China / Society

Academy balances education, sports

By Sun Xiaochen (China Daily) Updated: 2014-03-24 08:26

When Drolma Yangzom danced with a group of fellow Tibetan girls on a small playground in Yunnan province four years ago, she could barely speak Mandarin and knew nothing about tennis.

Now the 12-year-old speaks fluent English and practices tennis for two hours a day with foreign trainers, while taking tailor-made academic courses at state-of-the-art facilities in Beijing.

Thanks to the establishment of the New Champion Academy, more than 100 students like Drolma Yangzom have been able to develop their sporting talent without giving up their academic pursuits.

It is a harmonious balance that Yang Xi, founder of the school, had long dreamed of but could not realize during her career as a world-class volleyball player.

In China's State-run sports development system, athletes usually forgo formal education at an early age and then often struggle to find jobs after retirement from their sporting endeavors. In contrast, students in regular schools often suffer health problems, such as obesity and myopia, due to limited exercise on campus.

New Champion Academy aims to produce champions strong in body and mind.

"We don't want to see more health issues among youngsters, so we need to change at the grassroots," said Yang, who helped China win five consecutive world titles in the 1980s.

"We try to cultivate a new breed of students, ones who can do well in exams while winning championships."

Western methods

Covering 56,000 square meters, New Champion Academy has 10 outdoor tennis courts, an indoor gym and a practice pool at the National Aquatics Center. It opened in September, and highlights physical education's role in youth development and uses Western teaching methods.

The timetable includes a mandatory daily, two-hour physical education class based on the SPARK - Sports, Play and Active Recreation for Kids - program, which was developed in the United States and combines English, math and science, as well as academic courses required by the national curriculum from kindergarten to the ninth grade.

"Sticking to the outline approved by the Ministry of Education will ensure our programs cater to the majority," Principal Xu Erhui said. "We're different from other private schools or international schools."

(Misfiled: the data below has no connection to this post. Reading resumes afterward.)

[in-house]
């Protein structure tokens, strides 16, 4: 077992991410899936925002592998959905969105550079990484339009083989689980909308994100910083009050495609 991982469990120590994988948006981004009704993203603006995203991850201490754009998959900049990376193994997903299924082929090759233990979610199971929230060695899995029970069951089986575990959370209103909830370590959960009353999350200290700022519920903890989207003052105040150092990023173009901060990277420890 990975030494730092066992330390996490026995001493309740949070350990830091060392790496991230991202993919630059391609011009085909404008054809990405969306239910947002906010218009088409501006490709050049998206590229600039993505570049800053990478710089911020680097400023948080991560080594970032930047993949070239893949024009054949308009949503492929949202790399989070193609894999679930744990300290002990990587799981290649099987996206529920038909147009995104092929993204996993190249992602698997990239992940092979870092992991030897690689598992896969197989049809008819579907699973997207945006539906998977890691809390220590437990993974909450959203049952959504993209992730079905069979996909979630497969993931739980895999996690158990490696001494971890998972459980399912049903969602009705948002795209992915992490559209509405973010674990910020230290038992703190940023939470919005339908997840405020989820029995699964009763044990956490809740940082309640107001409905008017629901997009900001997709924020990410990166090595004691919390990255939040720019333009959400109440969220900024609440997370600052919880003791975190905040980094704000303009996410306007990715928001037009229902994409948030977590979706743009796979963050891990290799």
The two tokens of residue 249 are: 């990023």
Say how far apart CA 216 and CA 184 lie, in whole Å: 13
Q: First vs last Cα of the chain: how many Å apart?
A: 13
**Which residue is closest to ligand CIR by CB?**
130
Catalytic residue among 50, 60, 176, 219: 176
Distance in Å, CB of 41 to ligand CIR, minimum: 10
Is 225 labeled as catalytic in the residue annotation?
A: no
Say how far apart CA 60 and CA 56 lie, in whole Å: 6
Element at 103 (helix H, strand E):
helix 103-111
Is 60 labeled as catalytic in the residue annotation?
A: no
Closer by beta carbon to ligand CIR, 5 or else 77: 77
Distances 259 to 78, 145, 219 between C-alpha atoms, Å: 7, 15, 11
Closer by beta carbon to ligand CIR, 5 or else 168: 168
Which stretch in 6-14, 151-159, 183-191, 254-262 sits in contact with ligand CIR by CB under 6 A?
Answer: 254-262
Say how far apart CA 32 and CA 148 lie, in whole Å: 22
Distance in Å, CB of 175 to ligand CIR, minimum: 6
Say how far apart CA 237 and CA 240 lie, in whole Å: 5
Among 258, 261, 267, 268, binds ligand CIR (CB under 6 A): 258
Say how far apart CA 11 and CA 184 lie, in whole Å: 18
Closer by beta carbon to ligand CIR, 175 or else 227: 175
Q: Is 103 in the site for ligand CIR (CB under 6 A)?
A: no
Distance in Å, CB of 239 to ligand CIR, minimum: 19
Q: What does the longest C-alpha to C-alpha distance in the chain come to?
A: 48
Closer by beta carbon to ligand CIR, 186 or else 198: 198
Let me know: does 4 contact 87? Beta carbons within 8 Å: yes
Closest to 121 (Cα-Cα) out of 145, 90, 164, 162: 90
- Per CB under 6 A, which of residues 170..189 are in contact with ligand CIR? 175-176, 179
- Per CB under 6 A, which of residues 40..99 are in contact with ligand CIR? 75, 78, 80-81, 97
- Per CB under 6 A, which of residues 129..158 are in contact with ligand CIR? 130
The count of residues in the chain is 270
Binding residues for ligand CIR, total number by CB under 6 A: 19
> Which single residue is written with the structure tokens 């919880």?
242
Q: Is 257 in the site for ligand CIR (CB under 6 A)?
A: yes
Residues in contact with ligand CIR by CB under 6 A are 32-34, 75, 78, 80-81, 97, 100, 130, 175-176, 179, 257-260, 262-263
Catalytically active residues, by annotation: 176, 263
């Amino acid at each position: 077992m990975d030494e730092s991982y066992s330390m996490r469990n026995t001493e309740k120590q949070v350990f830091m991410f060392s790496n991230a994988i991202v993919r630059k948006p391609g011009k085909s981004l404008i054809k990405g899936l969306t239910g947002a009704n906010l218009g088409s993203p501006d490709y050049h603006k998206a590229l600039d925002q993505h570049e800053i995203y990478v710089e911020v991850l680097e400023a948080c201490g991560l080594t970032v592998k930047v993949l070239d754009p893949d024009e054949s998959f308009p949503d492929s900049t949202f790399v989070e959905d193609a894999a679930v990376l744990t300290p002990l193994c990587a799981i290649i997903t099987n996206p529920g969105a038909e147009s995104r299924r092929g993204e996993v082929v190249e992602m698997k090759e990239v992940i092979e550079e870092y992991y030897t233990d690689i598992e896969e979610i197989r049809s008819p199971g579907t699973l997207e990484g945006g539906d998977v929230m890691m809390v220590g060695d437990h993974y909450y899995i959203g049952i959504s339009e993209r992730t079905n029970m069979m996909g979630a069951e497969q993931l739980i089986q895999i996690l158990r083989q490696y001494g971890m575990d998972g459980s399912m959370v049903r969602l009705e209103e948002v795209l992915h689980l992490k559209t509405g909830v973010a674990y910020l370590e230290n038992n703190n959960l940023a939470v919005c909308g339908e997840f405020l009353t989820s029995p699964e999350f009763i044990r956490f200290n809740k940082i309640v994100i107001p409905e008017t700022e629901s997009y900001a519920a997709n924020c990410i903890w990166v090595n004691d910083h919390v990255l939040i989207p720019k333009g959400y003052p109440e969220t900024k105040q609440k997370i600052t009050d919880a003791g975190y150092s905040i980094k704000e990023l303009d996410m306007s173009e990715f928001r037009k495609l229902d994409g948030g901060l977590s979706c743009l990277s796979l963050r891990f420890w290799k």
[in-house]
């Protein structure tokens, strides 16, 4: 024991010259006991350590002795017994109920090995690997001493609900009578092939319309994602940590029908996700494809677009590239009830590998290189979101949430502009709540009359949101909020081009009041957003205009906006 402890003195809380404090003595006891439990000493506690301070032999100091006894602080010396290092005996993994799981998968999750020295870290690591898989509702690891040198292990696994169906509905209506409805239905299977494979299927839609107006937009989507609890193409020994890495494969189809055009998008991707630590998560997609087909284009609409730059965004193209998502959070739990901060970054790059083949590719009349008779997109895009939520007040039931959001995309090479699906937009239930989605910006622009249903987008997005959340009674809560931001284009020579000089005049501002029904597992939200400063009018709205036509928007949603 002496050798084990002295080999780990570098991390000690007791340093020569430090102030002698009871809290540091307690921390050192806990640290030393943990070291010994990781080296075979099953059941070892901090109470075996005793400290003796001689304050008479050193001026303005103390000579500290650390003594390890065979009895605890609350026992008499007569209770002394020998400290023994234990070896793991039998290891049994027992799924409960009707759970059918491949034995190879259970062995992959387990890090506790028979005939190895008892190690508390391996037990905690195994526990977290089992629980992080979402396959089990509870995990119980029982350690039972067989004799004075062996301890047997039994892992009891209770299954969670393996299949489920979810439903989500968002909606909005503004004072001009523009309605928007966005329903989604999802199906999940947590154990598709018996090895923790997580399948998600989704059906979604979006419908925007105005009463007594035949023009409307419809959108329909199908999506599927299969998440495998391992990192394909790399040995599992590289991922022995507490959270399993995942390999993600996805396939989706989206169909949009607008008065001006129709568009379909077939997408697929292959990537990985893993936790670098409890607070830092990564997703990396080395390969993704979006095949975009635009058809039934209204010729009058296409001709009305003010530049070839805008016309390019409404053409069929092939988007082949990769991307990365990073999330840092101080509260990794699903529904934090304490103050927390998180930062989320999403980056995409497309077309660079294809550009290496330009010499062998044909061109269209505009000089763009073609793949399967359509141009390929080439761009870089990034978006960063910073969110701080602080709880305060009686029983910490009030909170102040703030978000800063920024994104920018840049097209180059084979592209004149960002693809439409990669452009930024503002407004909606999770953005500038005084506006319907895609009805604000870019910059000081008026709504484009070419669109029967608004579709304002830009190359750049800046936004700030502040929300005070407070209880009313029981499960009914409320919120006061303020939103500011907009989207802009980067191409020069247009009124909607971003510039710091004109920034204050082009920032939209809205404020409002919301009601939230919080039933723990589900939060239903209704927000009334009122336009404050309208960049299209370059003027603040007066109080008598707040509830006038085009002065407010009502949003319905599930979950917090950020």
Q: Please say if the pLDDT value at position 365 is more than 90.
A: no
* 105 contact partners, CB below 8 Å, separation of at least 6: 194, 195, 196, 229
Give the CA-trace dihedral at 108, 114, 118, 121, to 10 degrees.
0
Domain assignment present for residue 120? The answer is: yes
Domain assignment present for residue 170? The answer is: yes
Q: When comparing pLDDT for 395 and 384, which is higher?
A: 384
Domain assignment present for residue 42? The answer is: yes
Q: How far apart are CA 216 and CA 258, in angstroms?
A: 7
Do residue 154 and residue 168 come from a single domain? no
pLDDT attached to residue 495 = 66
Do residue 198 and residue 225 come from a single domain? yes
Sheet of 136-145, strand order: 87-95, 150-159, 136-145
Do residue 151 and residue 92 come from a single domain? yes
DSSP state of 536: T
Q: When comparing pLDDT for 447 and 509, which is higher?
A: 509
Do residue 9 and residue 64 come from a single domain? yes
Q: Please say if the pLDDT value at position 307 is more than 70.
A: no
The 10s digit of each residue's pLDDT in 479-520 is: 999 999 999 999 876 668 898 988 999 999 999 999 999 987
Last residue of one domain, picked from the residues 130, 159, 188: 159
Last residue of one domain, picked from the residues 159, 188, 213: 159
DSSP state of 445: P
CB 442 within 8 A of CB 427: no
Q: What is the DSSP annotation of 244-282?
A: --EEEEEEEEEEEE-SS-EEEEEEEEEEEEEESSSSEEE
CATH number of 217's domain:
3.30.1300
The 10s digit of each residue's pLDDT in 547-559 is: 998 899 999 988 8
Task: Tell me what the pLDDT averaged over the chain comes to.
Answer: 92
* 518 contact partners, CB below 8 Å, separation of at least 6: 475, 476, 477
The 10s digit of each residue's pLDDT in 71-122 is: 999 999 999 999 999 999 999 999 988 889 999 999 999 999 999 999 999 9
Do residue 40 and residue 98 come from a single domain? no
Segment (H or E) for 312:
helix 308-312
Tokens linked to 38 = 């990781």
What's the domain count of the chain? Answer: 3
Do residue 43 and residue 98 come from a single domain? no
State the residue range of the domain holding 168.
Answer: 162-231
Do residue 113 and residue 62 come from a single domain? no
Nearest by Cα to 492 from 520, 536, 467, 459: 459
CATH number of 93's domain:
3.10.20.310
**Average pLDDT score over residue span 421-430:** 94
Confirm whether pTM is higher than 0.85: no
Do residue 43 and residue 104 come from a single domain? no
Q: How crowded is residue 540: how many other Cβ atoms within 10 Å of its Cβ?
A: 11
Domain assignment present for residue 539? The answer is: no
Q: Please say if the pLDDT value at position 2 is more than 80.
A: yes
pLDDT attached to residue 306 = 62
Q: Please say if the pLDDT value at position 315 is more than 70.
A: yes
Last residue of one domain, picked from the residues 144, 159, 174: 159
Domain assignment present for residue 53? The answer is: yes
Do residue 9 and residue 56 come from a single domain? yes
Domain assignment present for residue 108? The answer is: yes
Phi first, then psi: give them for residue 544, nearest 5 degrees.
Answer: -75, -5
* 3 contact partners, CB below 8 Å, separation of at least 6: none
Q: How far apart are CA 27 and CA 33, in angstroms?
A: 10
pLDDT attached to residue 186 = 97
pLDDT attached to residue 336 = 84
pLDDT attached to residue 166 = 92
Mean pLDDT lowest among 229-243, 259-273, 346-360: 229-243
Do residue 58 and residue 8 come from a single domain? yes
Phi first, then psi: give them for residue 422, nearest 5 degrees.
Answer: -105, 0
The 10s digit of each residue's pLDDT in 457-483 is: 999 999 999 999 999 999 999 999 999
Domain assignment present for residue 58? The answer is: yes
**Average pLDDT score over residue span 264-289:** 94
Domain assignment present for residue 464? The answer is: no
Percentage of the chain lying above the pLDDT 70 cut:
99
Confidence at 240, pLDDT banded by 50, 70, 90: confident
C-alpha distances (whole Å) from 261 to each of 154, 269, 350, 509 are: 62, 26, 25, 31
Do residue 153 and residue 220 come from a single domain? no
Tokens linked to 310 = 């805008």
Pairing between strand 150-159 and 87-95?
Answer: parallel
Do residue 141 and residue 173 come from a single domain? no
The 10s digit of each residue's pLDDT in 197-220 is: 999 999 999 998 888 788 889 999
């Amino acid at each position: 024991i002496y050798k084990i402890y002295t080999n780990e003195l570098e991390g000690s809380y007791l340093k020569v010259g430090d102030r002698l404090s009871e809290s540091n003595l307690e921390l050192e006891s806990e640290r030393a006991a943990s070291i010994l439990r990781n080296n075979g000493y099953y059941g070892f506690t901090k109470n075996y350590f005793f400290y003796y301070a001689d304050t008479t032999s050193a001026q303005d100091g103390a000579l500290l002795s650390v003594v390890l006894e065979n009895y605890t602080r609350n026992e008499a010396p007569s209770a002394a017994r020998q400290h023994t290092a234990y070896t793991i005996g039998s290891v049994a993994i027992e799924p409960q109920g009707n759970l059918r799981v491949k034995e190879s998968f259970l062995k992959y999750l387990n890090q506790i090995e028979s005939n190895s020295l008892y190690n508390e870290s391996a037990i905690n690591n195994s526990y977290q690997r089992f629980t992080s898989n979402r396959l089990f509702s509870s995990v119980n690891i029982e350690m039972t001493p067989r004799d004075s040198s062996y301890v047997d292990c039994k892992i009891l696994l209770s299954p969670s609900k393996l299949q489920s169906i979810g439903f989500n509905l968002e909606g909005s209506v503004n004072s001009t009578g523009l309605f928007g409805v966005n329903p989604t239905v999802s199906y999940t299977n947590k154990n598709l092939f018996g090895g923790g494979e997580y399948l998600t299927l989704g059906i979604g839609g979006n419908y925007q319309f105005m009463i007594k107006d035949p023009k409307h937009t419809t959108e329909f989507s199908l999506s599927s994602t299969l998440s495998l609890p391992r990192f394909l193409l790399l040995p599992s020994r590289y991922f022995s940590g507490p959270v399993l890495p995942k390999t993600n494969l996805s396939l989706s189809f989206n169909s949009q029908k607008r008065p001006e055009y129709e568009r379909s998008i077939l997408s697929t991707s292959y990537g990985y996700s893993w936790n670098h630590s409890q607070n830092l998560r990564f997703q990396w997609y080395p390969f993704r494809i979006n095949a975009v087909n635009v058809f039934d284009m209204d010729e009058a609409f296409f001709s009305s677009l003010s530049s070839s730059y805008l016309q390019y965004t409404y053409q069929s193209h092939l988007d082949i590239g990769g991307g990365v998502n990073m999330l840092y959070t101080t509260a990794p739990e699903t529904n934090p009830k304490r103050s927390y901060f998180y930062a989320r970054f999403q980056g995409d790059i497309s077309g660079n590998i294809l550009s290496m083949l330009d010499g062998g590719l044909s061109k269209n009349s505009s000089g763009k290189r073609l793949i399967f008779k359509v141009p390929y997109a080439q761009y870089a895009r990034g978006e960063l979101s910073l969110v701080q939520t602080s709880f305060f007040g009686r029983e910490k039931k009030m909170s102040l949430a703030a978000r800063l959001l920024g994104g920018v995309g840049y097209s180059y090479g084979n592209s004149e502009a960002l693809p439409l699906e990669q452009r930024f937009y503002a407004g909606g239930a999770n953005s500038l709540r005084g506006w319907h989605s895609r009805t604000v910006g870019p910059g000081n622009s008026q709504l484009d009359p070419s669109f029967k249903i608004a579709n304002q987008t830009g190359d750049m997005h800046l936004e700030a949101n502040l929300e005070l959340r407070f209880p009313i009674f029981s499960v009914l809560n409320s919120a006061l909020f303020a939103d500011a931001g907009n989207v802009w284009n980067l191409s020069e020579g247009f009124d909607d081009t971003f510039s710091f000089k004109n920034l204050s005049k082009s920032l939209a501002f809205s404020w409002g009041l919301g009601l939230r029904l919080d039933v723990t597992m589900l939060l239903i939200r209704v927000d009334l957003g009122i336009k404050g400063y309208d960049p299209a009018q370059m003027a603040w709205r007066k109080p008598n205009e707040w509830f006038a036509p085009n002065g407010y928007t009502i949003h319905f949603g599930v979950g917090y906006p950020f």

Students showing athletic talent will be selected for dedicated tennis or swimming programs. This entails two extra hours with foreign coaches in the afternoon with academic work done later in the day.

Most traditional primary and high schools barely ensure any real physical education.

New Champion Academy has hired an international crew, including eight foreign teachers and coaches, to provide advanced Western teaching techniques, including discussions and academic debates. Students will be exposed to a full English-language environment to hone their speaking skills.

Drolma Yangzom, who served as a translator for foreign guests during tennis star Li Na's visit in July, 2012, said Western methods turned her from a shy girl into a confident tennis player.

"We learn English in the class and foreign coaches encourage us to use it by talking with them on court," she said. "It's much better than just having classes and only test it by taking exams."

Nyima Drolma, 13, another Tibetan girl among the 10-student ethnic group selected from rural areas in Yunnan to study at the academy with full funding, said the school provided her more possibilities in life.

"Coming to the school, I have a chance to be a professional tennis player, while I can also take another job with the academic knowledge I learned here if I am not going to play tennis eventually," she said. In 2012, she won a national under-12s title.

Student numbers

Parents also praised the creative program, citing the emphasis on physical and academic performance.

"We chose the academy because it provides an ideal model to nurse all-around talent," said Cheng Liqiu, who has a daughter in first grade.

"Growing up healthy is the priority for our child, and this school seems to have worked out a way to guarantee exercise while offering academic courses."

However, the school still struggles to enroll students to operate sustainably.

The academy has recruited more than 100 students for its kindergarten and primary school since September, and it expects to lure more next year.

According to school executive Pang Qinghui, the academy charges 70,000 yuan ($11,200) a year for primary education, which includes insurance, catering, uniform and accommodation, and 60,000 yuan for its kindergarten.

"But the tuition is too high for most families," Cheng said. "What the school offers is good but still not good enough to match the price."

Whether the school can maintain its physical-academic balance with more academic pressure coming in higher grades also raised concern among parents.

Samual Ahadu, a PE and English teacher who has spent more than 10 years working with international schools in Beijing, said the academy will make the necessary adjustment on its program.

"We'll work on our schedule," he said. "We're teaching the Chinese national curriculum so we have to be sensitive to the kids' academic schedule.

"We'll add more time on exam-related courses, but that doesn't mean we will emphasize one over another," he added.

 Academy balances education, sports

Samual Ahadu, a PE and English teacher, instructs students during a tennis training session at the New Champion Academy in Beijing. Cui Meng / for China Daily

(China Daily 03/24/2014 page6)

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